Impressions of New York

Chinatown New York

Chinatown New York

Here I sit, nearly 2 weeks after returning from my first proper visit to New York City and it’s still fresh in my mind though the blisters have now healed. I say “New York” but really, like most tourists, I mean Manhattan since that’s where most of us tourists visit and sight see.

People ask how did I like New York and what did I think of it? I think I need to go again to really get a good feel for it because mostly this time we were on tour busses and seeing the famous sights. To really get a sense of a location, you need to spend time in the neighbourhoods like Greenwich Village, SoHo, or the upper East or West sides at the very least. You need to shop, visit galleries and museums, and dine in restaurants, drink beer in pubs and sit in cafes watching the world go by. We did a little of that but not enough. The first time is your time to see the iconic New  York. After that, you can relax into the vibe of the city.

Stating the obvious, New  York is big. Very big. Even Manhattan, a small island, is packed with so much that you could spend all your time and visits there and never be unsatisfied. In fact, most people only see the bottom half of the island from Central Park south. It’s also flat for the most part, from Central Park to the south. That is not it’s natural state. One tour guide told us that the land had been leveled as the city grew. Flat makes it easier to walk and it is very much a walking city in spite of the thousands and thousands of vehicles that often clog up the streets and avenues.

It’s a colourful city. The most noticeable is the bright yellow from the streams of yellow taxis. There are street vendors with brightly coloured umbrellas and carts. There are street news stands. Advertising on buildings, be it painted on, or billboards is everywhere. Neon is King in mid-town Manhattan even putting the Times Square district aside.

We visited in May, not high tourist season of the summer but in New York, it’s always tourist season so the sidewalks are always busy with people, both tourists and residents. Lunchtimes, evening rush hour and, in the Times Square area, after theatre (10 – 11 pm) are when you’ll find the highest volume of people on the sidewalks. Post-theatre people are all happy, strolling, chatting and excited. Morning, lunch and after work, the people are more business-like, intent on their destination. Don’t get in their way!

Freedom in the mist

Freedom in the mist

Some people we encountered in restaurants and shops were very nice but there were some in some shops that were dismissive and rude. The friendliest seemed to be those that appeared to be from elsewhere, at least, their accent seemed to indicate they weren’t born and raised in New York/America.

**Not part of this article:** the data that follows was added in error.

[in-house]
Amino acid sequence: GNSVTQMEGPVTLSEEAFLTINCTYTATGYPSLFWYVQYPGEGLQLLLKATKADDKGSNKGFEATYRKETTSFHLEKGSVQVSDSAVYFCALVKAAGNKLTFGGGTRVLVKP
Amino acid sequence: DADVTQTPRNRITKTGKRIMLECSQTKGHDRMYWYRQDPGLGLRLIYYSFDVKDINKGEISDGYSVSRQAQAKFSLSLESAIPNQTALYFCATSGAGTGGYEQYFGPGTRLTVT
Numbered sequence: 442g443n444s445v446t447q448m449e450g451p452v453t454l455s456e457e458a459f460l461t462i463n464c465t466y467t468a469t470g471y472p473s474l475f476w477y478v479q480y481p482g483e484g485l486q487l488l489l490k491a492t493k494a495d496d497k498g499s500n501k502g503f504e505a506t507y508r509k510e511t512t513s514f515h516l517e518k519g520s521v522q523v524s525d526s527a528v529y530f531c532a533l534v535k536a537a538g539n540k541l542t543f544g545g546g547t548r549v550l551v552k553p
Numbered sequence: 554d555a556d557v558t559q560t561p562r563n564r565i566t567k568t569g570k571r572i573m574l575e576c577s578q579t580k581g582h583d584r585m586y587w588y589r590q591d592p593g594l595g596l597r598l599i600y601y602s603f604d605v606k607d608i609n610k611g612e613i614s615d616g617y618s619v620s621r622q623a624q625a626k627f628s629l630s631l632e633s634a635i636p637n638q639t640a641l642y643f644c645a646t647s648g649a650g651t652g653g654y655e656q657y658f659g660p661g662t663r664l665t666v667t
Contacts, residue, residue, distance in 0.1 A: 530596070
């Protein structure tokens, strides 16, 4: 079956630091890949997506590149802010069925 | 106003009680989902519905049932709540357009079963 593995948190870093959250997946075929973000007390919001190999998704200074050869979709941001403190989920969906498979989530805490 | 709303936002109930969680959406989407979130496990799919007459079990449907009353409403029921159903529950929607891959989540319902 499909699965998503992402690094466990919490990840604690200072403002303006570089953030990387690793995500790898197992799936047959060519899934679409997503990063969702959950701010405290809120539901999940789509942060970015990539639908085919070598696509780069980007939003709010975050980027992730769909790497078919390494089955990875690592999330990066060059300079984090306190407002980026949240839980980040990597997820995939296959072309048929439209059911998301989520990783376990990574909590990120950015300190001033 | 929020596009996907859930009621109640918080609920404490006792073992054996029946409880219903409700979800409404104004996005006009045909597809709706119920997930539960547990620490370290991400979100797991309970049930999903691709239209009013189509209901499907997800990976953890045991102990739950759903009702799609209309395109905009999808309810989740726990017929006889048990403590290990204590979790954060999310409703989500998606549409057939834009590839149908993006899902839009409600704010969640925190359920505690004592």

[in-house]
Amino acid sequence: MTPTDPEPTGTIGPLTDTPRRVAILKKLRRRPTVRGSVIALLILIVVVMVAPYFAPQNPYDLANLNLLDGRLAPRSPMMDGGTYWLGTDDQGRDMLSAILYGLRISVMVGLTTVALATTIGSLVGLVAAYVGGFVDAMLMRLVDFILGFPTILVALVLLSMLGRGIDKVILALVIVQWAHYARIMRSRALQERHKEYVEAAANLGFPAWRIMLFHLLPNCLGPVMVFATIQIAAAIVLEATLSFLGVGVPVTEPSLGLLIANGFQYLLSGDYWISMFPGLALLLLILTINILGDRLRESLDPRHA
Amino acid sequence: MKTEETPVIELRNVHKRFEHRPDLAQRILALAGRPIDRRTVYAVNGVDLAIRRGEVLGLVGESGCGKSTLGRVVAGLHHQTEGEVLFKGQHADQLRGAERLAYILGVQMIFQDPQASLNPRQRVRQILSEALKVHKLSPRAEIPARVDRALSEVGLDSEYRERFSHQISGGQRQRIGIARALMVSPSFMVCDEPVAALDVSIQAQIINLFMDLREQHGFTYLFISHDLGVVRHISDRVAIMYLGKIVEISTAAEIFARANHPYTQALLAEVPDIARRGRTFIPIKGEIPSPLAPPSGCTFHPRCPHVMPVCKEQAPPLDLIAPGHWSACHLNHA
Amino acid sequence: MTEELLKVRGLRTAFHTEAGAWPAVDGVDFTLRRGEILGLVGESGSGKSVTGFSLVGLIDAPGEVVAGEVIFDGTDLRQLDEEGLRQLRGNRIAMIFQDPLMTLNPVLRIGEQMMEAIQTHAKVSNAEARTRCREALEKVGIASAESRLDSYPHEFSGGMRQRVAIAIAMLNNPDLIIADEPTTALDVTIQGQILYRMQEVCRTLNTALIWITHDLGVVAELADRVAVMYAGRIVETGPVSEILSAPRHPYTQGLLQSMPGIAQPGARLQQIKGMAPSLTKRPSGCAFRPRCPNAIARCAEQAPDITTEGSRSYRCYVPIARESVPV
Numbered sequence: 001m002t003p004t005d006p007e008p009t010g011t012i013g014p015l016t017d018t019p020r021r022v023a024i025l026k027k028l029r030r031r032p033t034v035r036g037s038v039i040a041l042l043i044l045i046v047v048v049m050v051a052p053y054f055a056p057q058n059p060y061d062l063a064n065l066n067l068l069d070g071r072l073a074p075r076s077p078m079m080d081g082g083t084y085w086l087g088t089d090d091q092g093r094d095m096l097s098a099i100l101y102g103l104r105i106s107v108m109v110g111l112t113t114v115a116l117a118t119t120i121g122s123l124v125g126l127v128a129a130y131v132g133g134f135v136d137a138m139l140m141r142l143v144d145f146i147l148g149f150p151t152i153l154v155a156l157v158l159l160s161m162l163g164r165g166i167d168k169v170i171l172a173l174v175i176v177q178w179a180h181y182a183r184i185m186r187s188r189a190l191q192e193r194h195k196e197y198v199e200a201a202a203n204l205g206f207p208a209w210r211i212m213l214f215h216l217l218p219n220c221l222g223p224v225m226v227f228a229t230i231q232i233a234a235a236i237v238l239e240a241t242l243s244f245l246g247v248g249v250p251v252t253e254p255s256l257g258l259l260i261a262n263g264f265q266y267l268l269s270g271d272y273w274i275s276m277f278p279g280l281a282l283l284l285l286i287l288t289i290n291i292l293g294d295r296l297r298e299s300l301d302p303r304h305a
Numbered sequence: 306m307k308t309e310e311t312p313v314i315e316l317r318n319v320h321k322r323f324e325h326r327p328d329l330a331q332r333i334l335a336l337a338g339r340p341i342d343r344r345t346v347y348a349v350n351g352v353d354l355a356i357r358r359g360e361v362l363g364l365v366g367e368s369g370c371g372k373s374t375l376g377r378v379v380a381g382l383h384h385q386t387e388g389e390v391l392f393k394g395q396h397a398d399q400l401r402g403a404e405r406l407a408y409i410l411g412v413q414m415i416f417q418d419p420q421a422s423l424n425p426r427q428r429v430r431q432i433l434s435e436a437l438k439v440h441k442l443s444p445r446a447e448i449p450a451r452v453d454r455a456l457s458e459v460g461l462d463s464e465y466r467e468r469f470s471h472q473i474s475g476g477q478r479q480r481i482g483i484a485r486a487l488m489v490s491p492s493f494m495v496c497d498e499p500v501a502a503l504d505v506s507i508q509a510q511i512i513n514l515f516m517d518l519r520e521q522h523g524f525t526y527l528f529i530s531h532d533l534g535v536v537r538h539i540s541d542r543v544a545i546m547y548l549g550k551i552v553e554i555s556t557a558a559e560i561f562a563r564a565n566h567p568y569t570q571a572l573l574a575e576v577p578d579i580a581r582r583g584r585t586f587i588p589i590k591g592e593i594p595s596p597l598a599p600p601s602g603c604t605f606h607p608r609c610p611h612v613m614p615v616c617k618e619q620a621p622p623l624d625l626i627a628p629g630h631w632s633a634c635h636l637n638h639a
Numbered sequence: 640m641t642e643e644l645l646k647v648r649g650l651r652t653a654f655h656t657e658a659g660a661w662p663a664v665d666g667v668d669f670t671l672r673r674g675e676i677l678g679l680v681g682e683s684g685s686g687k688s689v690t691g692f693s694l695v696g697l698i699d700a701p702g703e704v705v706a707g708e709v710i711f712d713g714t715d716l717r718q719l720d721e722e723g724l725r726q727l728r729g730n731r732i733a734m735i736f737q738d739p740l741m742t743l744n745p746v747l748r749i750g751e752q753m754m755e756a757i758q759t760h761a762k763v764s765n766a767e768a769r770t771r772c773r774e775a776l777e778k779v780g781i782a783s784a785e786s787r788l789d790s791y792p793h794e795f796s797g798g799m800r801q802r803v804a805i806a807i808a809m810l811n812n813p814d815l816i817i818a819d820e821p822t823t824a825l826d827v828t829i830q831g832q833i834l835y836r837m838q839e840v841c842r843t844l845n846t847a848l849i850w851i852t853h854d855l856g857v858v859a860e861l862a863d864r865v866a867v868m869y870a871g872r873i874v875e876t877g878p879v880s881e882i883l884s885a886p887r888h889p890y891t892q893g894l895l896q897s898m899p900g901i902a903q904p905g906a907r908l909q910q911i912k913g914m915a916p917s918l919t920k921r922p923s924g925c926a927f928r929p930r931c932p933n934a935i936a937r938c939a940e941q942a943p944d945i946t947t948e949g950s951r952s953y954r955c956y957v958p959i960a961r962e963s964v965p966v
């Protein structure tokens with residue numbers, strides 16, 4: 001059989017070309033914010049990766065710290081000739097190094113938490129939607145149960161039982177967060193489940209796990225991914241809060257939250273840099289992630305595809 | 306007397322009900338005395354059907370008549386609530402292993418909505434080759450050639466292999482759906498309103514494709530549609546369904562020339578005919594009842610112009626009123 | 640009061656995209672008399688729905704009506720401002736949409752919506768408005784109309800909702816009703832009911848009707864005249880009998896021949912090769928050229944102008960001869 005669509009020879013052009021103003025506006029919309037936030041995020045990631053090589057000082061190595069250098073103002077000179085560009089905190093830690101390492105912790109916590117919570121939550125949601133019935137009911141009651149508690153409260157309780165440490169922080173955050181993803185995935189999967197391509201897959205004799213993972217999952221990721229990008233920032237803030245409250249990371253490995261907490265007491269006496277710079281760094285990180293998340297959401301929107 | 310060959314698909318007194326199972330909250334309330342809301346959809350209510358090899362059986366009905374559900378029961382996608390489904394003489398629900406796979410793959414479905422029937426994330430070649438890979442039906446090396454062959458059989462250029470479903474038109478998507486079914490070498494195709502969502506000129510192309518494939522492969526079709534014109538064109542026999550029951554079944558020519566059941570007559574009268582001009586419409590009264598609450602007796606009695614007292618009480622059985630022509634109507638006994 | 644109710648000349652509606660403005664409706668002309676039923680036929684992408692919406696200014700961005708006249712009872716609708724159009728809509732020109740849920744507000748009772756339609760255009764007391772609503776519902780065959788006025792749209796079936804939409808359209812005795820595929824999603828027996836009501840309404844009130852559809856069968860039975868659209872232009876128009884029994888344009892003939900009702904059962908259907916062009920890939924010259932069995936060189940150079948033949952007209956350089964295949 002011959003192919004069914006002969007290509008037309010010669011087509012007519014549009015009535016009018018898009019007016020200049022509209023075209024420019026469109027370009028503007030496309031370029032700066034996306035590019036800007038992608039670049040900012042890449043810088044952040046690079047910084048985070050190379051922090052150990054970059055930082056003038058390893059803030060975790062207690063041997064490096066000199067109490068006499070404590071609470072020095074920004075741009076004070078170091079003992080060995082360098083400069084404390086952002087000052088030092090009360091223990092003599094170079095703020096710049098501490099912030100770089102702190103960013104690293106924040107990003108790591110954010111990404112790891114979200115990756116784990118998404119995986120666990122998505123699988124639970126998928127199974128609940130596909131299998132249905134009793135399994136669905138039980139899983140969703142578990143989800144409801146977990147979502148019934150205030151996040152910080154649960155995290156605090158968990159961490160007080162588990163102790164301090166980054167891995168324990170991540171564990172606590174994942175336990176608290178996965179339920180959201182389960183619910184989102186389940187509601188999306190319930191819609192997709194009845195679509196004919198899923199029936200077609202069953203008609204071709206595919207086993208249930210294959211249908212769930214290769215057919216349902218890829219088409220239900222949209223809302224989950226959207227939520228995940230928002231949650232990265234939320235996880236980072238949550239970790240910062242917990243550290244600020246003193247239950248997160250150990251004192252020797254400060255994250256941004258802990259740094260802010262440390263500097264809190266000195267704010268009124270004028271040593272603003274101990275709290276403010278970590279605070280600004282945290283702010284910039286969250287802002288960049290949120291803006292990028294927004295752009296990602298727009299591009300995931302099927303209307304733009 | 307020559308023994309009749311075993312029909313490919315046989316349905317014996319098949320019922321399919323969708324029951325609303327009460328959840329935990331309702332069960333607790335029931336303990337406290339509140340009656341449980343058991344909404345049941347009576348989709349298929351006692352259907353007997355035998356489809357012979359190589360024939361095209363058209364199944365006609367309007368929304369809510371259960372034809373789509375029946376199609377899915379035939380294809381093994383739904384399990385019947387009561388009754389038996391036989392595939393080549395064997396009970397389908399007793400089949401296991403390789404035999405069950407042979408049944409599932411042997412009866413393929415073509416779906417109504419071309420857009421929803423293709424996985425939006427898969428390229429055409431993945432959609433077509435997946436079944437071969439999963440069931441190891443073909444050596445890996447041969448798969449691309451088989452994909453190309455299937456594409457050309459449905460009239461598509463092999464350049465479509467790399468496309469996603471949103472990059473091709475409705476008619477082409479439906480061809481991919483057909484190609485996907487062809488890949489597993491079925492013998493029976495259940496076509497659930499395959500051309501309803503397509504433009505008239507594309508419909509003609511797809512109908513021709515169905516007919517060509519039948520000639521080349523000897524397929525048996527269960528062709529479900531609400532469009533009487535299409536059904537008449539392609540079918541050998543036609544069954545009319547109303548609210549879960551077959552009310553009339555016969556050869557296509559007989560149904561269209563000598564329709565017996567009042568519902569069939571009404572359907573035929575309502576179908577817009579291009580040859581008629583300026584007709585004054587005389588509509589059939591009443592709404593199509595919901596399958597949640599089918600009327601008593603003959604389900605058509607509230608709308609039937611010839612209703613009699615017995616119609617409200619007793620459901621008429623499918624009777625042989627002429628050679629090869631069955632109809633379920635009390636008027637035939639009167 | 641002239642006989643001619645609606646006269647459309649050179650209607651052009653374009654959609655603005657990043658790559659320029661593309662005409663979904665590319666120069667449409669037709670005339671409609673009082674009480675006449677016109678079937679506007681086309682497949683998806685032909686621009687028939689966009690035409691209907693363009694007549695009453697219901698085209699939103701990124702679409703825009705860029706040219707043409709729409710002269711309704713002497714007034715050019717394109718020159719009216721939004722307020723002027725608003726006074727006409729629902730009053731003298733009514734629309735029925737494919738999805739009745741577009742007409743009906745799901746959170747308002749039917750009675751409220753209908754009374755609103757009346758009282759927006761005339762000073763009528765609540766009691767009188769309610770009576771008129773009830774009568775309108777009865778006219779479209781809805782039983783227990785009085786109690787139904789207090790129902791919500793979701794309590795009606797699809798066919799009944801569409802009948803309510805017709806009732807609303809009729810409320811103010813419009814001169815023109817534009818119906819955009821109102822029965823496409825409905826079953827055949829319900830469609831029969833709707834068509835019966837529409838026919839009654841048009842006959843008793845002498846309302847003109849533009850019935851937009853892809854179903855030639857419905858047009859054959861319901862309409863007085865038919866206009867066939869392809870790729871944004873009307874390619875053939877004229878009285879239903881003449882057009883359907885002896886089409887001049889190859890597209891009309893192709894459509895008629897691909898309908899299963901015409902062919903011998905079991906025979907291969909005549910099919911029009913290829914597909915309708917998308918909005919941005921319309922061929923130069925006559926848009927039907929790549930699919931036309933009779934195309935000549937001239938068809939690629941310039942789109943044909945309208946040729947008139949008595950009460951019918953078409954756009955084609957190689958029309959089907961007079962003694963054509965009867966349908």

New York is very multicultural as you would expect from a city which was the entry point for millions of immigrants. Many just stayed where they arrived and many are still coming. It makes for a much richer experience for the visitor in more ways than just having more variety of restaurant choice. We spoke with one man in a deli who was from Yemen and another very helpful fellow in a souvenir shop was from India. The wait staff who served us in every Irish pub we went to had an Irish accent. One tour guide had a strong Arabic accent and another was Spanish, though he was a bit cranky at times.

New York is one of the most famous cities in the world, for the culture, the finance, the icons, and The Great American Dream. It is similar to London in that there is something for everyone and you’ll never get tired of it. When one is tired of London, one is tired of life. That is true of New York even though the city has a different vibe as all cities do.

New York is crowded, it’s expensive, it’s got world class entertainment and museums. It’s a city of many different types of neighbourhoods, each with a different look and feel. The city is very good for keeping the historical aspect alive these days, and the older buildings with the wonderful detailing are maintained wherever possible.

They are still reeling from the tragedy of 911 but, like Londoners in the Blitz, refuse to be beaten down by adversity. They talk about it, they think about it and they remember it. It’s always there in the background in spirit. I think that visiting New  York is in itself an act of defiance. You are not letting fear keep you away. Even if you don’t see the Ground Zero site, you’re paying your respects and showing your support just by being in the city.

As I said, we mostly did touristy things, visiting some of the famous and iconic sites, taking tour busses around, doing some walking and taking in a couple of museums and a Broadway show. We didn’t do much shopping and we would love to have had more time to see a few more museums and shows. It’s expensive but there are always ways to save a little money. There aren’t as many free museums which is a shame. That’s one great thing about a city like London, most of the major museums and galleries cost nothing. Transportation is efficient though we didn’t use it other than the taxis.

Would I go again? Yes I’d like to but there are plenty of other places I want to go first. Our next few holidays are already in discussion. A road trip around Scotland this fall, possibly a road trip around Ireland next spring and maybe a road trip to Boston in late summer or early September. We’ve also thought about Iceland as a destination, as well.

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